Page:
The size of government is arguably the most controversial discussion in United States politics, and this issue won't fade from prominence any time soon. There must surely be a tipping point beyond which more government taxing and spending harms the economy, but where is that point? In this accessible book, best-selling authors Jeff Madrick, Jon Bakija, Lane Kenworthy, and Peter Lindert try to answer whether our government can grow any larger and examine how we can optimize growth and fair distribution.
Jon Bakija is Professor of Economics at Williams College. Lane Kenworthy is Professor of Sociology and Yankelovich Chair in Social Thought at the University of California, San Diego. Peter Lindert is Distinguished Professor of Economics at the University of California, Davis. Jeff Madrick is Director of the Bernard L. Schwartz Rediscovering Government Initiative at the Century Foundation, editor of Challenge magazine, and a frequent contributor to the New York Review of Books.
"An Important new book . . . goes deep into this question of government footprint and growth."—Jared Bernstein The Washington Post
"If you would like a low-key, reasonably argued, nonideological discussion of the economic role of the government in the United States, one based on facts and on research using the facts, this is just the book for you."—Robert Solow, Nobel Laureate in Economics and Professor Emeritus at the Massachusetts Institute of Technology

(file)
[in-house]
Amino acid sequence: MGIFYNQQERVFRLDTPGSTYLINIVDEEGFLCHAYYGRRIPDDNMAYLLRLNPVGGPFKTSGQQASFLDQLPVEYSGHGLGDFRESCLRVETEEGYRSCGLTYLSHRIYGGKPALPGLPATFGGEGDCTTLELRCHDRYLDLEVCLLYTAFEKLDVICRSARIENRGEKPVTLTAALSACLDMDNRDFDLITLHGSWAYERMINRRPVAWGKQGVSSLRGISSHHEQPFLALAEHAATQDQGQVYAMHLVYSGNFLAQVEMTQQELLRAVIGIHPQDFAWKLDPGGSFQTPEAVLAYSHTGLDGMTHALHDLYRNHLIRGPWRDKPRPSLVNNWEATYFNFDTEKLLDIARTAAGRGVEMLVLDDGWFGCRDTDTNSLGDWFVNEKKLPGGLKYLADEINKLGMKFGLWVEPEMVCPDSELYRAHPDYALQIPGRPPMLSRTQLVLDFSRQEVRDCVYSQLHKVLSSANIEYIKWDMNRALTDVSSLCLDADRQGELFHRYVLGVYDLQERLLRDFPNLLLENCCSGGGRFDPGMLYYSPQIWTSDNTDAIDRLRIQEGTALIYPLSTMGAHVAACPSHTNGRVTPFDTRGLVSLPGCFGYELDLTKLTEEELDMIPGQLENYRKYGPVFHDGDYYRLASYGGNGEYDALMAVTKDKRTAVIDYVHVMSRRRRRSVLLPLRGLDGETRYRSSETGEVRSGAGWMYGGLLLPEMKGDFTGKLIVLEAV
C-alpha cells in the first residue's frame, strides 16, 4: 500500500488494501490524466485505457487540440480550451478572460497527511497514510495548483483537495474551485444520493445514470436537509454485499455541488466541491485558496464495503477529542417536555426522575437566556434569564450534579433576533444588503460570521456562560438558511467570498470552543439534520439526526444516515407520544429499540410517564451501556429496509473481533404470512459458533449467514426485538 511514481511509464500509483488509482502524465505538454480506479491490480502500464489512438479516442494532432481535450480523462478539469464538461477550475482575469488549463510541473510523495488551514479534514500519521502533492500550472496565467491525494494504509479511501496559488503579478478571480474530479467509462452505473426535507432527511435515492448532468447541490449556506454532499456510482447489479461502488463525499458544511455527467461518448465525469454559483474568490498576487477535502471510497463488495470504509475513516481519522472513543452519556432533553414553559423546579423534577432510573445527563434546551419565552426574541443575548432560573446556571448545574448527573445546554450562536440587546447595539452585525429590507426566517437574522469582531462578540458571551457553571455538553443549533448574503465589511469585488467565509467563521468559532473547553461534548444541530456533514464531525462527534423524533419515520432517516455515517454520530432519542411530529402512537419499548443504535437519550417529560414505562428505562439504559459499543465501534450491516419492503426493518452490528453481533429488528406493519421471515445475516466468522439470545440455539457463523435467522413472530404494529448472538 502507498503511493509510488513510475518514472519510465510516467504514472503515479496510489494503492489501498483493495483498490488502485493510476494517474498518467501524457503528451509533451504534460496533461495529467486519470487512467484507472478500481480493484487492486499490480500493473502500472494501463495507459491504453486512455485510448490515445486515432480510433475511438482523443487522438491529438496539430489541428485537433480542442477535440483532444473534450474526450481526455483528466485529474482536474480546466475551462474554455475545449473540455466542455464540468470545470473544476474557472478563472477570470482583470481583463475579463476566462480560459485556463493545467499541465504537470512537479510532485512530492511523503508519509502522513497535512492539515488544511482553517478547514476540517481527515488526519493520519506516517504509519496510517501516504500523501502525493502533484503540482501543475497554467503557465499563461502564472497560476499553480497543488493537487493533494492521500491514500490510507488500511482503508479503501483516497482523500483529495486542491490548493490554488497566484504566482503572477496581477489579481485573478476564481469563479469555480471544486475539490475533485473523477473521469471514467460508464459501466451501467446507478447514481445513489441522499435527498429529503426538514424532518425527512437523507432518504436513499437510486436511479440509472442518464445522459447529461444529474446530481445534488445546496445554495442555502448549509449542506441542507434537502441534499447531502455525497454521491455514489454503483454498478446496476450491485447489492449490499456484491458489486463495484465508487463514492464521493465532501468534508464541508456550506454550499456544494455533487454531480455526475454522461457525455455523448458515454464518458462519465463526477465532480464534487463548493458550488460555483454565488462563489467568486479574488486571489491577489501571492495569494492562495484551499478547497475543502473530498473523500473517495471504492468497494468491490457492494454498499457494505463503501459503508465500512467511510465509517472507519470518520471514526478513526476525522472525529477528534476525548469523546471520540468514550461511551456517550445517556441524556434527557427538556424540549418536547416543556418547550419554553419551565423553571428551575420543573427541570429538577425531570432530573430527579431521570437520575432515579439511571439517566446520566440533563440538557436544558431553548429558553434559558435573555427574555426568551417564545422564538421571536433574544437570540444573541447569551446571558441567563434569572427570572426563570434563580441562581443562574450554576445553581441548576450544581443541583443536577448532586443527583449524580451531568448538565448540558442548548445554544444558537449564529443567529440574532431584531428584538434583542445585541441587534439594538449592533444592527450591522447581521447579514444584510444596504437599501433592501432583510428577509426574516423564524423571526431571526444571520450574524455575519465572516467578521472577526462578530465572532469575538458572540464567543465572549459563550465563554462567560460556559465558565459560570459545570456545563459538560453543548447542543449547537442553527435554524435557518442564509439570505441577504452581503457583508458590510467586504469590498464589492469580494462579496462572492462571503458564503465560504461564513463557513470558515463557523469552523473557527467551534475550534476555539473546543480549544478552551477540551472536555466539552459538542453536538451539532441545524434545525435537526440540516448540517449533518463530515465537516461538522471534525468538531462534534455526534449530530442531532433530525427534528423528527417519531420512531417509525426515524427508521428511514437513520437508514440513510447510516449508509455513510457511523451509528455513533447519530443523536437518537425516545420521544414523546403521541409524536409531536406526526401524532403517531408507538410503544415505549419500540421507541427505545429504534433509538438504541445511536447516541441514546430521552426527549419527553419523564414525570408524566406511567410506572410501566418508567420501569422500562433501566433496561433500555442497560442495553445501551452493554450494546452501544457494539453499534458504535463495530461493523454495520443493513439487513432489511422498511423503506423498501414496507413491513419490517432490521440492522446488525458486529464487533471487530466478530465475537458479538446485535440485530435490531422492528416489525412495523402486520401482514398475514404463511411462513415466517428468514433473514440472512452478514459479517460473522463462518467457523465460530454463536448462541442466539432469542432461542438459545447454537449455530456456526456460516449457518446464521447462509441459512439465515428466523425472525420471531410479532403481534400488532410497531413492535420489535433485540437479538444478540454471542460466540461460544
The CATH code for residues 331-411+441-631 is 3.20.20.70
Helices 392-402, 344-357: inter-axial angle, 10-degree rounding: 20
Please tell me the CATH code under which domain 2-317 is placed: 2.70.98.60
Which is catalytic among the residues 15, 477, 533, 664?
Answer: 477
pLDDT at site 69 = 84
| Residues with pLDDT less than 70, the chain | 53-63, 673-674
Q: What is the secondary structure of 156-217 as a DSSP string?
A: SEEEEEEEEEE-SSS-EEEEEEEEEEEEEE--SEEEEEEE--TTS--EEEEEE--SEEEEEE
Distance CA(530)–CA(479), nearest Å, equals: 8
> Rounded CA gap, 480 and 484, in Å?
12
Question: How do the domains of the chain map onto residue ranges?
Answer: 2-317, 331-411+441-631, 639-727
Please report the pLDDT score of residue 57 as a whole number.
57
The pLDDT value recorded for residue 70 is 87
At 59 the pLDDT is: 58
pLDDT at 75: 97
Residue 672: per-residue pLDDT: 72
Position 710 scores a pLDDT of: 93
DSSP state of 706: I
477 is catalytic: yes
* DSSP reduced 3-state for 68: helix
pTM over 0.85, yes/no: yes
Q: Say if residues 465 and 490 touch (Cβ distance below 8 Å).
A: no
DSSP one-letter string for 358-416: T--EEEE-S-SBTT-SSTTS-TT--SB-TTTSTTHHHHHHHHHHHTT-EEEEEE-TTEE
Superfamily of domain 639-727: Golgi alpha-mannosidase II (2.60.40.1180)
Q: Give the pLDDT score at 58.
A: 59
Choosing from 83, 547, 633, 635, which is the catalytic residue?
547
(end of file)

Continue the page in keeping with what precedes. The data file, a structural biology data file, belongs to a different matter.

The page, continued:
"How big the government should be, what it should do, and how it should do it are among the most fundamental questions in economics and public policy. Too often, in the public arena, real consideration of these issues is drowned out by ideology, slogans, pledges, wishful thinking, and people making up their own facts. This short, insightful book is an antidote. The authors embrace the big questions about government and apply a very readable combination of theory, logic, and evidence. The work is descriptive and prescriptive, informative and provocative, thoughtful and thought-provoking. Highly recommended reading on a highly charged subject that is central to our nation's future."—William Gale, Arjay and Frances Miller Chair in Federal Economic Policy at the Brookings Institution and Co-Director of the Urban-Brookings Tax Policy Center
"This is an important book presenting the case for an expanded role for government by four of the most creative thinkers on the topic. Both proponents and critics of 'big government' would benefit from reading the argument."—Dean Baker, Co-Director of the Center for Economic and Policy Research and author of The End of Loser Liberalism: Making Markets Progressive